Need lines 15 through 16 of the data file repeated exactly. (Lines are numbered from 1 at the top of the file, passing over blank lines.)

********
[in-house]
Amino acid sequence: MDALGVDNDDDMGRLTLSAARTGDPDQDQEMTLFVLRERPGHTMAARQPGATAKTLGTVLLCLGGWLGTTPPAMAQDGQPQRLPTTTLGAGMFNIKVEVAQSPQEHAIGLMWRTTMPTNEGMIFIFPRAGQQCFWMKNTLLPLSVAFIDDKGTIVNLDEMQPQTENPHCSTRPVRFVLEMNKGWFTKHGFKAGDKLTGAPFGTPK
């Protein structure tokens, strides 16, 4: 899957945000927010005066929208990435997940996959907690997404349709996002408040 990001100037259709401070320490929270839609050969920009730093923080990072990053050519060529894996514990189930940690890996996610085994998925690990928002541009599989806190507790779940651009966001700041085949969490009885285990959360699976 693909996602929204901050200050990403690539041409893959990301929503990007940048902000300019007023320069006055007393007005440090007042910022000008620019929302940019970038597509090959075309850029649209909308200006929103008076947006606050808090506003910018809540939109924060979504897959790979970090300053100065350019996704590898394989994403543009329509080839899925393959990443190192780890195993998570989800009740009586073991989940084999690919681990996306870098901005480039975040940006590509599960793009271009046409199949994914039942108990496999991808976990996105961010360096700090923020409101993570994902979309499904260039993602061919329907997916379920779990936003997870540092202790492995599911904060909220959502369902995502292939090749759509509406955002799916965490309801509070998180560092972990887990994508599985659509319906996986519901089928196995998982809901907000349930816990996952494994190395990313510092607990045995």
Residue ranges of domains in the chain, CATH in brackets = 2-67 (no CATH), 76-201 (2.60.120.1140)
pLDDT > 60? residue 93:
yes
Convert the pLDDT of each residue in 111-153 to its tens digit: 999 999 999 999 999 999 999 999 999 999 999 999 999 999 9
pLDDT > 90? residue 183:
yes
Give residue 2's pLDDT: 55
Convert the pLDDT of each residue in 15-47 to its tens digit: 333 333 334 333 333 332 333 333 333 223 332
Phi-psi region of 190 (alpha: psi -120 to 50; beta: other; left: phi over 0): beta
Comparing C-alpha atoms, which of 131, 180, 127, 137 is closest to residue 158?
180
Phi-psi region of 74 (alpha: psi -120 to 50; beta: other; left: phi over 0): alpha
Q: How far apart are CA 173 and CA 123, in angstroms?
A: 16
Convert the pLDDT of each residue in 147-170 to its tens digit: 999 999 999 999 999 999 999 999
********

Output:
Phi-psi region of 74 (alpha: psi -120 to 50; beta: other; left: phi over 0): alpha
Q: How far apart are CA 173 and CA 123, in angstroms?